Shareholders of Strategic Realty Trust, once known as TNP Strategic Realty Trust, were notified by mail last week that their investments in the popular nontraded REIT had dropped by over 29%. Although it is hard to find solid data about thinly traded REITs, it appears that much of the drop is attributable to fees.
As recently as last year, investors were told that their Strategic Realty shares had increased by 6%.
Why the sudden discrepancy? The answer to that story centers around the lack of transparency, high fees and lack of liquidity common to nontraded REITs; the very reasons we constantly warn about these investments.
A REIT is a Real Estate Investment Trust. Created by Congress decades ago, REITs allow individual investors to invest in large commercial real estate deals previously reserved for institutional investors and the very wealthy.
There are several types of REITs, some safer and more suitable than others for the average investor. Many REITs are traded on the open market. That means they are liquid and usually have lower commissions. Nontraded REITs have no ready secondary market and fees are often hidden. They may be great for institutional clients but are rarely suitable for most individuals, especially if the investor is elderly or needs ready access to the money behind the investment.
Strategic Realty Trust was a nontraded REIT. Opened to investors in 2009, the trust carried the typical (but arbitrary) valuation of $10 per share. Investors frequently receive statements that show value but those statements often have little basis in fact. Because you can’t readily sell most thinly traded REITs, it is really difficult to know what they are worth. (It also makes them very unsuitable for people who need access to their funds because nontraded REITs sometimes must be held for a decade before they can be sold.)
Strategic Realty was created by noted real estate investor Tony Thompson. It was primarily marketed through independent stockbrokers and brokerage firms. As late as last January, Thompson was telling people the shares were worth $10.60. Later that year, Thompson was removed as the trust’s president. This year, in a settlement with the board of directors, Thompson was bought out at a price of $8.00 per share, a drop of 20%.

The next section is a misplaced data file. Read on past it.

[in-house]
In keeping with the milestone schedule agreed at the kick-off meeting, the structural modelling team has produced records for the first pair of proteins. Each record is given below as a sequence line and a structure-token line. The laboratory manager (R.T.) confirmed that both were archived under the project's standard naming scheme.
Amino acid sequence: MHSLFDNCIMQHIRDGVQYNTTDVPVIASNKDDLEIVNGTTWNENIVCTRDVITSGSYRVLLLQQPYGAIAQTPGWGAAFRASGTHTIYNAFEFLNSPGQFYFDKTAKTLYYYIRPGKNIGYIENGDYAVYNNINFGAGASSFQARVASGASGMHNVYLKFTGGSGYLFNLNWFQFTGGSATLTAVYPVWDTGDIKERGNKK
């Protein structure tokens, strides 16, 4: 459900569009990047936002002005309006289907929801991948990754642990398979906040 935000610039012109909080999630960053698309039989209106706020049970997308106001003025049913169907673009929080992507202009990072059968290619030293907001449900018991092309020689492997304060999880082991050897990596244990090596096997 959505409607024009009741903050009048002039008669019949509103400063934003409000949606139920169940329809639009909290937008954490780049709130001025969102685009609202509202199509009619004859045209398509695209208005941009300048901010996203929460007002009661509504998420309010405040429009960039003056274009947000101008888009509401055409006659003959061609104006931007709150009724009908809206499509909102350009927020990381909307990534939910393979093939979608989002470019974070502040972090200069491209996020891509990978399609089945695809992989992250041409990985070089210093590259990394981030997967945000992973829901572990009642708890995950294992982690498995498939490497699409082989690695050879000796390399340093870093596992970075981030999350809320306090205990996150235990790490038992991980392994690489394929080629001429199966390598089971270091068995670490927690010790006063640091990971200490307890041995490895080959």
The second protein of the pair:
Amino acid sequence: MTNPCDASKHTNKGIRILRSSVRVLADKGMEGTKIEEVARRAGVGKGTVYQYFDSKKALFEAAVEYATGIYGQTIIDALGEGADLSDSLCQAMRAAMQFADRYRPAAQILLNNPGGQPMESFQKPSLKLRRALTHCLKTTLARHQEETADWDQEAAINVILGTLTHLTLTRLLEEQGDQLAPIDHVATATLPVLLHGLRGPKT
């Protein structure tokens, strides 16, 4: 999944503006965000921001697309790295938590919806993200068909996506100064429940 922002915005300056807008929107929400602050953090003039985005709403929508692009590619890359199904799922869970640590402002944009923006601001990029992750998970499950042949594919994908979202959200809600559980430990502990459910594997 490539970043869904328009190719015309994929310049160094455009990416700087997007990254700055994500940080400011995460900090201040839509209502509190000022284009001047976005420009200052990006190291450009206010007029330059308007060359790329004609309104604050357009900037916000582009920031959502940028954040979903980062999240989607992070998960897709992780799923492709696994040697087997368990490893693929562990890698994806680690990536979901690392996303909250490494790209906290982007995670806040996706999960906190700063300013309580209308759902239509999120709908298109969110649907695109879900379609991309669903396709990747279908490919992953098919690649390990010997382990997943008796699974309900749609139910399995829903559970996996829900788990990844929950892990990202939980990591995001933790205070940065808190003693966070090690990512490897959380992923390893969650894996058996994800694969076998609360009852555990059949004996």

Now, it appears that a financial advisory firm, Robert A. Stanger & Associates, valued the REIT at just $7.11 per share. Why the drop?
Fees and lack of transparency – two common problems with nontraded REITs.
The trust says the properties owned by the REIT have appreciated nicely making the sudden drop in value even harder to swallow. The gains in the property were offset by “transaction costs” of $1.54 per share, offering and related costs of $1.03 per share (nontraded REITs carry large commission charges) and 73 cents per share in other losses.
The Financial Industry Regulatory Authority – FINRA – has a pending complaint against Strategic Realty’s creator and former CEO for unrelated problems.
Investors in nontraded REITs frequently find out that their shares greatly declined in value overnight. Worse, after they find out they usually remain stuck with the investment and can’t sell to cut further losses.
Thompson has his own battles to fight with regulators and others. The silver lining in this story, however, is that the stockbrokers who sold shares in Thompson’s REIT may be on the hook for investor losses.
Stockbrokers have a legal duty to understand their customer’s needs, only make recommendations that are suitable to their clients and must fully explain how the investment works. We have seen countless occasions when an investor will say that she or he had no idea they couldn’t sell when they needed cash. We know of one investor who was placed into a nontraded REIT around her 90th birthday. She may never see her money.
If you have purchased shares in TNP Strategic Realty Trust and believe you were misled by your stockbroker, you may have a claim. Cases against brokers and brokerage firms are usually handled on a contingency or “success” fee meaning no money is due the lawyers unless they win and collect your money.
For more information, contact John Chapman at Chapman Law LLC. He and his team of REIT fraud lawyers have helped dozens of people get back their hard earned money. John can be reached at 877-410-8172.